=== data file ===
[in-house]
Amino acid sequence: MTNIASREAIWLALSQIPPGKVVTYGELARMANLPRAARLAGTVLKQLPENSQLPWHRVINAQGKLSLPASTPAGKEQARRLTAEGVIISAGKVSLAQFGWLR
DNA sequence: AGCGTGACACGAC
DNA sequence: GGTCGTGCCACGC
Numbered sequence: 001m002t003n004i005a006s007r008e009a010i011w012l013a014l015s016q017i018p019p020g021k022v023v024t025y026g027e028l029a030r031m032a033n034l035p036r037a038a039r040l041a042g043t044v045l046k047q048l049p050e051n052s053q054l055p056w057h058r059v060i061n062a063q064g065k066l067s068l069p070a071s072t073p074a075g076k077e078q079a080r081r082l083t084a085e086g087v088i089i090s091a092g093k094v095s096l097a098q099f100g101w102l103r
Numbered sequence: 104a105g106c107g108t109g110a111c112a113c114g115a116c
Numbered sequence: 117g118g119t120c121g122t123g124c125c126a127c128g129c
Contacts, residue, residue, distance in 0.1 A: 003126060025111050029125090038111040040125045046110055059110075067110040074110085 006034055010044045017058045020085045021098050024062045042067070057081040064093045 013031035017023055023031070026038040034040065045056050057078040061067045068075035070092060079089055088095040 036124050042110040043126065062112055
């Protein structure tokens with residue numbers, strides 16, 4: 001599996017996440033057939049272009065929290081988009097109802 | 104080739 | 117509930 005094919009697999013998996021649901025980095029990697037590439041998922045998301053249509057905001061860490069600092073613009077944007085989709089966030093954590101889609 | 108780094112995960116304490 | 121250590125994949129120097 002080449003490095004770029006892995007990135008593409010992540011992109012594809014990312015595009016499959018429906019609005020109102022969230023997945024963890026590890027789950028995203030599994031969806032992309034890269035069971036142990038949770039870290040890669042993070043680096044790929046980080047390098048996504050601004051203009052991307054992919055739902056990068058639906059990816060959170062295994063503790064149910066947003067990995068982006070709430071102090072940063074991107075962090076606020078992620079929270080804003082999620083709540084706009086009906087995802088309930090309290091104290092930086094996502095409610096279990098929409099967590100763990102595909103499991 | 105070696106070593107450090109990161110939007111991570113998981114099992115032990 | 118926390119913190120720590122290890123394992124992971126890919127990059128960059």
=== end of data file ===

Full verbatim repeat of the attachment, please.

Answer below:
[in-house]
Amino acid sequence: MTNIASREAIWLALSQIPPGKVVTYGELARMANLPRAARLAGTVLKQLPENSQLPWHRVINAQGKLSLPASTPAGKEQARRLTAEGVIISAGKVSLAQFGWLR
DNA sequence: AGCGTGACACGAC
DNA sequence: GGTCGTGCCACGC
Numbered sequence: 001m002t003n004i005a006s007r008e009a010i011w012l013a014l015s016q017i018p019p020g021k022v023v024t025y026g027e028l029a030r031m032a033n034l035p036r037a038a039r040l041a042g043t044v045l046k047q048l049p050e051n052s053q054l055p056w057h058r059v060i061n062a063q064g065k066l067s068l069p070a071s072t073p074a075g076k077e078q079a080r081r082l083t084a085e086g087v088i089i090s091a092g093k094v095s096l097a098q099f100g101w102l103r
Numbered sequence: 104a105g106c107g108t109g110a111c112a113c114g115a116c
Numbered sequence: 117g118g119t120c121g122t123g124c125c126a127c128g129c
Contacts, residue, residue, distance in 0.1 A: 003126060025111050029125090038111040040125045046110055059110075067110040074110085 006034055010044045017058045020085045021098050024062045042067070057081040064093045 013031035017023055023031070026038040034040065045056050057078040061067045068075035070092060079089055088095040 036124050042110040043126065062112055
């Protein structure tokens with residue numbers, strides 16, 4: 001599996017996440033057939049272009065929290081988009097109802 | 104080739 | 117509930 005094919009697999013998996021649901025980095029990697037590439041998922045998301053249509057905001061860490069600092073613009077944007085989709089966030093954590101889609 | 108780094112995960116304490 | 121250590125994949129120097 002080449003490095004770029006892995007990135008593409010992540011992109012594809014990312015595009016499959018429906019609005020109102022969230023997945024963890026590890027789950028995203030599994031969806032992309034890269035069971036142990038949770039870290040890669042993070043680096044790929046980080047390098048996504050601004051203009052991307054992919055739902056990068058639906059990816060959170062295994063503790064149910066947003067990995068982006070709430071102090072940063074991107075962090076606020078992620079929270080804003082999620083709540084706009086009906087995802088309930090309290091104290092930086094996502095409610096279990098929409099967590100763990102595909103499991 | 105070696106070593107450090109990161110939007111991570113998981114099992115032990 | 118926390119913190120720590122290890123394992124992971126890919127990059128960059």